Gary Roosevelt High School

(AP Photo/Andrew Harnik)

Today:  On this "Reporters Roundtable" program, Indiana Public Broadcastng's Katy Anderson talks with political analyst Andy Downs about Wednesday's chaos on Capitol Hill and the impact that it may have on American politics.  Lakeshore Public Radio's Sharon Jackson has a report on the upcoming Bishop Noll Institute entrance exam, scheduled for Saturday, January 23rd at the Catholic-affiliated high school in Hammond. And Inside Indiana Business reporter Mary-Rachel Redman visited the city of Gary and spokes to city officials and residents about "Dear Ole Roosevelt" -- Gary Roosevelt High School, one of three high schools in the state that was built for Black childrens' education.  The school is now on Indiana Landmarks' latest list of Most Endangered Buildings.

City of Hobart website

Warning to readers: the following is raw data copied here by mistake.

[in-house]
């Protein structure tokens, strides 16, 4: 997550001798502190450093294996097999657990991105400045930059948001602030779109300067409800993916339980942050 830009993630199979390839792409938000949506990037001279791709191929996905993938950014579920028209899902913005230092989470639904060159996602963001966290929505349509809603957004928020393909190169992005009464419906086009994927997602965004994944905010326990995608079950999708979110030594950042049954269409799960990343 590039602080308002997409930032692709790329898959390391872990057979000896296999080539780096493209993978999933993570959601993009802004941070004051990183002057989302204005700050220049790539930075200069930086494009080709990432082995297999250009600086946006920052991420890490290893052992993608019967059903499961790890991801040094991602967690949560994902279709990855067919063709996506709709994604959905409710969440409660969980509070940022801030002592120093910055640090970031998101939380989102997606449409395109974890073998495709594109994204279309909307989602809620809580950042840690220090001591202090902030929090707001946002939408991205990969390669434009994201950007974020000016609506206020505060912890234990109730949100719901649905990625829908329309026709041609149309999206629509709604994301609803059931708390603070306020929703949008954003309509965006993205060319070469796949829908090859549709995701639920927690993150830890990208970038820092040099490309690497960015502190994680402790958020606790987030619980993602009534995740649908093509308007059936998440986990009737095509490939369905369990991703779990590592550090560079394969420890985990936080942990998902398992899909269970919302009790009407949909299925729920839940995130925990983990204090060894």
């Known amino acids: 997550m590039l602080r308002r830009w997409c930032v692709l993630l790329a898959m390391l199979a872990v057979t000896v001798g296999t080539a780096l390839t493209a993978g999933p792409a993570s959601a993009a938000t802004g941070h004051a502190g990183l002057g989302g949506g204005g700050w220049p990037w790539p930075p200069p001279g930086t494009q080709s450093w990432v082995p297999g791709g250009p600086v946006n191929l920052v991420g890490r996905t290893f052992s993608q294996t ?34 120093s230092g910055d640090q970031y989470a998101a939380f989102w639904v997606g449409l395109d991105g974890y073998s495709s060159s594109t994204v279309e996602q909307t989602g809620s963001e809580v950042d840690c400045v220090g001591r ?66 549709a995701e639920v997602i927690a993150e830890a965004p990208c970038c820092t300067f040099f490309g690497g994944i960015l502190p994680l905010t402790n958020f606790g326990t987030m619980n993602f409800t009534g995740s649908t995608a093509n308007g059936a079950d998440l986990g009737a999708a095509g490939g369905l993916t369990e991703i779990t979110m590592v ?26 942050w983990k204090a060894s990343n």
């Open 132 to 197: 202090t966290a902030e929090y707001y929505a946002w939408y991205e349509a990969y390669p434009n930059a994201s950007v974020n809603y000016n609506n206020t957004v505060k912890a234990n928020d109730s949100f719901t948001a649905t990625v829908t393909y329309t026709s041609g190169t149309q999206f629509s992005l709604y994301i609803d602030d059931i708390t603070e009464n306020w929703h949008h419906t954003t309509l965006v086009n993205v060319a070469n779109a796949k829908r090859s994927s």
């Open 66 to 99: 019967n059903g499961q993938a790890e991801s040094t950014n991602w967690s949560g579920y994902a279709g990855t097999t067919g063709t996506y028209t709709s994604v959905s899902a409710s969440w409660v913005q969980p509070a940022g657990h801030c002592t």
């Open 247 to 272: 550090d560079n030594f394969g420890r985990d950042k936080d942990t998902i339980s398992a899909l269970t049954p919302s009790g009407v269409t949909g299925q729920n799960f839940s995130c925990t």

Today:   Hobart Mayor Brian Snedecor joins us to talk about how his city is coping with the coronavirus pandemic, and he explains in detail his reasons for switching political affiliations from Democrat to Republican.  Indiana Youth Institute president and CEO Tami Silverman's produced another public column about helping Hoosier youth during the COVID-19 pandemic and the important role that teachers play in the process.  She talks about the column, as school systems attempt to reopen during the pandemic.  Susan Bannwart, the community engagement manager for the LaPorte County Public Library, explains how its new Mobile STEAM Classroom can help prepare for high-skilled and good-paying jobs in northwest Indiana.  And Brad Miller, the northwest field director for Indiana Landmarks, talks about the latest Ten Most Endangered List and one of this year's additions is Gary Roosevelt High School.  It is one of the three high schools that provided unprecedented learning opportunities to African Americans.